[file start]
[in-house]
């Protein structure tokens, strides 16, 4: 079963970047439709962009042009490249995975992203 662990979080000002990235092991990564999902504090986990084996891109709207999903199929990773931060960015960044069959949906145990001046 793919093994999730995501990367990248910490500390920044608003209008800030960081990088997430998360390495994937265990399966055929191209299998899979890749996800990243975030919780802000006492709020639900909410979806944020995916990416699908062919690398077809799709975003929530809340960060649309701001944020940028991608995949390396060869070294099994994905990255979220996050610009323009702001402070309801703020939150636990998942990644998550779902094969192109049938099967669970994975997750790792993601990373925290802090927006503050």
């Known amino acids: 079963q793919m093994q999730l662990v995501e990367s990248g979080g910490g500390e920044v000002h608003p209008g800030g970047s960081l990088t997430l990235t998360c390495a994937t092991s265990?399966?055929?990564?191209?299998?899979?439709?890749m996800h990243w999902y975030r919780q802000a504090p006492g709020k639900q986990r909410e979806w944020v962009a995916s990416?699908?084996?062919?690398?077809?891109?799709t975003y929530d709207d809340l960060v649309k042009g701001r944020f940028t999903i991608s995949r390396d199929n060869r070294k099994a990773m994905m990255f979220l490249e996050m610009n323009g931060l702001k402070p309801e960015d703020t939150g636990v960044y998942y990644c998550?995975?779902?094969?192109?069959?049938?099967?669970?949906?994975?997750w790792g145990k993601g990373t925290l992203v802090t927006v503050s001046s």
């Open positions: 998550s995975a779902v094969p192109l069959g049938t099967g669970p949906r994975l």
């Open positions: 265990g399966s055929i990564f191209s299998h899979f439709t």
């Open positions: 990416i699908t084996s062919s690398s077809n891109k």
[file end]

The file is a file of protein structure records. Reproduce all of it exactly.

[in-house]
């Protein structure tokens, strides 16, 4: 079963970047439709962009042009490249995975992203 662990979080000002990235092991990564999902504090986990084996891109709207999903199929990773931060960015960044069959949906145990001046 793919093994999730995501990367990248910490500390920044608003209008800030960081990088997430998360390495994937265990399966055929191209299998899979890749996800990243975030919780802000006492709020639900909410979806944020995916990416699908062919690398077809799709975003929530809340960060649309701001944020940028991608995949390396060869070294099994994905990255979220996050610009323009702001402070309801703020939150636990998942990644998550779902094969192109049938099967669970994975997750790792993601990373925290802090927006503050």
């Known amino acids: 079963q793919m093994q999730l662990v995501e990367s990248g979080g910490g500390e920044v000002h608003p209008g800030g970047s960081l990088t997430l990235t998360c390495a994937t092991s265990?399966?055929?990564?191209?299998?899979?439709?890749m996800h990243w999902y975030r919780q802000a504090p006492g709020k639900q986990r909410e979806w944020v962009a995916s990416?699908?084996?062919?690398?077809?891109?799709t975003y929530d709207d809340l960060v649309k042009g701001r944020f940028t999903i991608s995949r390396d199929n060869r070294k099994a990773m994905m990255f979220l490249e996050m610009n323009g931060l702001k402070p309801e960015d703020t939150g636990v960044y998942y990644c998550?995975?779902?094969?192109?069959?049938?099967?669970?949906?994975?997750w790792g145990k993601g990373t925290l992203v802090t927006v503050s001046s």
């Open positions: 998550s995975a779902v094969p192109l069959g049938t099967g669970p949906r994975l």
């Open positions: 265990g399966s055929i990564f191209s299998h899979f439709t």
């Open positions: 990416i699908t084996s062919s690398s077809n891109k």